The saga of Spirit Mountain continues. In the latest developments, the City of Duluth administration seems intent on moving forward with seeing that work permits are granted for a project.
Issues surrounding the golf course development mainly rest on the provisions of federal grants using Land Water and Conservation Funds (LAWCON) to purchase the city-owned property in the 1970s. The developer is proposing a golf course using a combination of city and private property—it is the city land and the environmental impacts of the entire 18-hole course that are embroiled in controversy.
On a mid-December evening the Duluth City Council Chambers were packed to the brim with concerned citizens opposing the development. Councilors were going to vote on the approval of work permits. Also on the table was a resolution that would not approve a proposed land swap that is part of the mix.
After four hours of testimony, the City Council voted to deny the work permits and to not approve the land swap. Project opponents were temporarily ecstatic and Lake Superior may have been too—as the gavel came down on the work permits, a ship arriving in port blew its whistle as it passed under the Aerial Lift Bridge.
Mayor Doty could not veto the land swap resolution, but he could veto the work permit denial. Despite advice from the Minnesota DNR Commissioner to hold off on city action regarding work permits until LAWCON issues are resolved, and rather than follow the City Charter, Doty used a little known state law to veto the work permit denial. The council needed a 6-3 vote to override the veto, which they couldn’t muster. This means that work permits will be automatically approved, unless the City Council votes again to deny them before June.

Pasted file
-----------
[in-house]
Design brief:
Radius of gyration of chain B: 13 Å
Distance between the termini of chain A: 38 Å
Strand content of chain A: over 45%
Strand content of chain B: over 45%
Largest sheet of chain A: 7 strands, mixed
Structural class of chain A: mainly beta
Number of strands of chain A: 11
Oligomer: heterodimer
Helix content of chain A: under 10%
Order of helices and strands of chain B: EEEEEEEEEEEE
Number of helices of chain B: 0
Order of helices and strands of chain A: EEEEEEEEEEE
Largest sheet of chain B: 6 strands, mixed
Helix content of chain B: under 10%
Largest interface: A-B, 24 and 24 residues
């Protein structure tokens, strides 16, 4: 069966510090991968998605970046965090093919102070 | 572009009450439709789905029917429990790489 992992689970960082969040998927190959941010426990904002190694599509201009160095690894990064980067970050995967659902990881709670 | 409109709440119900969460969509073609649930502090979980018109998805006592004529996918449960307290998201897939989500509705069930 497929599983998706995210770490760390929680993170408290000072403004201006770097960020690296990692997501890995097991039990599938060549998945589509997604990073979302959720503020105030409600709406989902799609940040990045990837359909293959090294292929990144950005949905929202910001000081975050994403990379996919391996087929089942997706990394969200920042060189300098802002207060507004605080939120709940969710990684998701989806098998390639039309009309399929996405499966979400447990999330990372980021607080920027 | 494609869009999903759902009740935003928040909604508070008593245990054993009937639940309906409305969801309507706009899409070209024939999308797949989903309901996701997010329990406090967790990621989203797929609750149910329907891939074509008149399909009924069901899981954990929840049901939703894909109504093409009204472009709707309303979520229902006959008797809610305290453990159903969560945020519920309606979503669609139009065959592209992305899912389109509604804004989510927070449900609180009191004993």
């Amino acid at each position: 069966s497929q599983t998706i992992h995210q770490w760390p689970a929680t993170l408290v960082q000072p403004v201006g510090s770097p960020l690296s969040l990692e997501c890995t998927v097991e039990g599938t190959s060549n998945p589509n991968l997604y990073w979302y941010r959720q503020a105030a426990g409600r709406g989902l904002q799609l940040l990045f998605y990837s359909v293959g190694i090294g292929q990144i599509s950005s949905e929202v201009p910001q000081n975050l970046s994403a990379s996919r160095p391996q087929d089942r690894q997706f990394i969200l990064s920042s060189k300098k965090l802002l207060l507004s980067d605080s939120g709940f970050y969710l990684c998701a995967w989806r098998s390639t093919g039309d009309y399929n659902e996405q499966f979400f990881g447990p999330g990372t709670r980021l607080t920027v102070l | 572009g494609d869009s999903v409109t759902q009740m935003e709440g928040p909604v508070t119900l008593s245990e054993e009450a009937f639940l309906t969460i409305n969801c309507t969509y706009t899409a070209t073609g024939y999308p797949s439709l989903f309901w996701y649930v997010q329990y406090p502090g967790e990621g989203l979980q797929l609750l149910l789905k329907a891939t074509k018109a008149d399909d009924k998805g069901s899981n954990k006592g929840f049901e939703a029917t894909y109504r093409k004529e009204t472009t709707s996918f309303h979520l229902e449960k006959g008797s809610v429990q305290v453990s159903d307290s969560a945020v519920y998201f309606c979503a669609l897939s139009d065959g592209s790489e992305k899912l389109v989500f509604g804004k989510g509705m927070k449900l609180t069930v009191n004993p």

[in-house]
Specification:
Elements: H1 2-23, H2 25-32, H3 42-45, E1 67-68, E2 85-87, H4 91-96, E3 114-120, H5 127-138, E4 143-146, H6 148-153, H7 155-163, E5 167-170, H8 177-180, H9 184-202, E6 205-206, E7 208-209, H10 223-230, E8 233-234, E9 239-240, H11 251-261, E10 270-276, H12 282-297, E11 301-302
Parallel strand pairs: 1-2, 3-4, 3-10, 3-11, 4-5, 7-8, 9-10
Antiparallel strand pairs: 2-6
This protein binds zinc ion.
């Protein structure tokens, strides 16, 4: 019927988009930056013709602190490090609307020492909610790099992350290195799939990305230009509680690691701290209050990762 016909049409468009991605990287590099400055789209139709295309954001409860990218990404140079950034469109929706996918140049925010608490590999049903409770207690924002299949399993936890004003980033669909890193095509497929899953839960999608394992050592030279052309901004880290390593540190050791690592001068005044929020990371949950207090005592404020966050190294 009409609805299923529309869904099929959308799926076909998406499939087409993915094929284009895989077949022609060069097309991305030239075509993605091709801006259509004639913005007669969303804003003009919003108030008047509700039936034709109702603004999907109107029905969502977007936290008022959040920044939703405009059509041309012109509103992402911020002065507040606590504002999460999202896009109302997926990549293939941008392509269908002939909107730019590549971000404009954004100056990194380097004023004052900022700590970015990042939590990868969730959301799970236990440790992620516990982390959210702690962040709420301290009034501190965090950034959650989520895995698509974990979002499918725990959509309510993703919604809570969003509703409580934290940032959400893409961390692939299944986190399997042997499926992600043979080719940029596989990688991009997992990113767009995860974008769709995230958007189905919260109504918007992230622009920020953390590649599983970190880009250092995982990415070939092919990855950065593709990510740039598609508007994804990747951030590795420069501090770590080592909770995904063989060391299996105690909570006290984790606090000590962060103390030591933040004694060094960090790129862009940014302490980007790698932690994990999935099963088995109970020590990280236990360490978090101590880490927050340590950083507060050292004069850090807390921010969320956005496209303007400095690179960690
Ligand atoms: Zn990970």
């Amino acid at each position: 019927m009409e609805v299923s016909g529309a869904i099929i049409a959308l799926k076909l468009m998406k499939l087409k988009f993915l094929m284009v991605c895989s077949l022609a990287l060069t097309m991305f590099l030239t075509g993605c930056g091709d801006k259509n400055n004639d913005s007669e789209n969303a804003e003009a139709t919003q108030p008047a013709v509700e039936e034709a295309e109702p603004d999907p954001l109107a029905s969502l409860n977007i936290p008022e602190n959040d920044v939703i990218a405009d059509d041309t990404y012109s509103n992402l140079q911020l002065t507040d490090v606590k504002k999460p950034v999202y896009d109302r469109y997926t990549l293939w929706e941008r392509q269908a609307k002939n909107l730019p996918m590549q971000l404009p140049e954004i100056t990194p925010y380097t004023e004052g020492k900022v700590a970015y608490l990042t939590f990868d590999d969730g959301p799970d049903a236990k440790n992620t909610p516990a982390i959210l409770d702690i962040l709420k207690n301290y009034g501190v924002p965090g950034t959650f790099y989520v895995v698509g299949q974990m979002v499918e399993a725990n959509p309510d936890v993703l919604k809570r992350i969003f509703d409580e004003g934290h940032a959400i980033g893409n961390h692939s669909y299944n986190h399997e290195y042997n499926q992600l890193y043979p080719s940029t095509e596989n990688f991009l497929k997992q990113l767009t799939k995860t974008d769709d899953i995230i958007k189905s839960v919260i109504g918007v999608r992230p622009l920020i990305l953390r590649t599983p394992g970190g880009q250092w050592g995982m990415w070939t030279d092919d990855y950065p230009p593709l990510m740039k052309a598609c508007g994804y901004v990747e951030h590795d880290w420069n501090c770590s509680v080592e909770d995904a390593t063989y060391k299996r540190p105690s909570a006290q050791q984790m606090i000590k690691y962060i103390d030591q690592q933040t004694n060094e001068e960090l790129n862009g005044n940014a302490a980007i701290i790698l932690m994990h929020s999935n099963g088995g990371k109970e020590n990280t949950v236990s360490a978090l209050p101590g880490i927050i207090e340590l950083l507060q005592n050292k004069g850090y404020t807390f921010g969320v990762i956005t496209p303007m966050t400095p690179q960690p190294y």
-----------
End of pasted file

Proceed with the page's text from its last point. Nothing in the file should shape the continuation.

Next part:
In the meantime the City has been told that a more extensive federal environmental assessment of the golf course’s natural resources, environmental impact, and viable alternatives will be completed. It will include a far more complete and accurate environmental assessment than that provided in the developer’s Environmental Assessment Worksheet.
Because of the breathing room provided by the unresolved LAWCON issues, golf course opponents are taking time to develop their own alternatives for the site. As Mike Furtman from the Duluth Chapter of Izaak Walton League states, “[W]e have a lot of creative people in this city who—freed up from fighting with each other—might just figure out a way to meet everyone’s interests. Not only would this be good for Spirit Mountain’s natural assets, it would still create jobs and development. It would also be good for Duluth by fostering cooperation.” Stay tuned.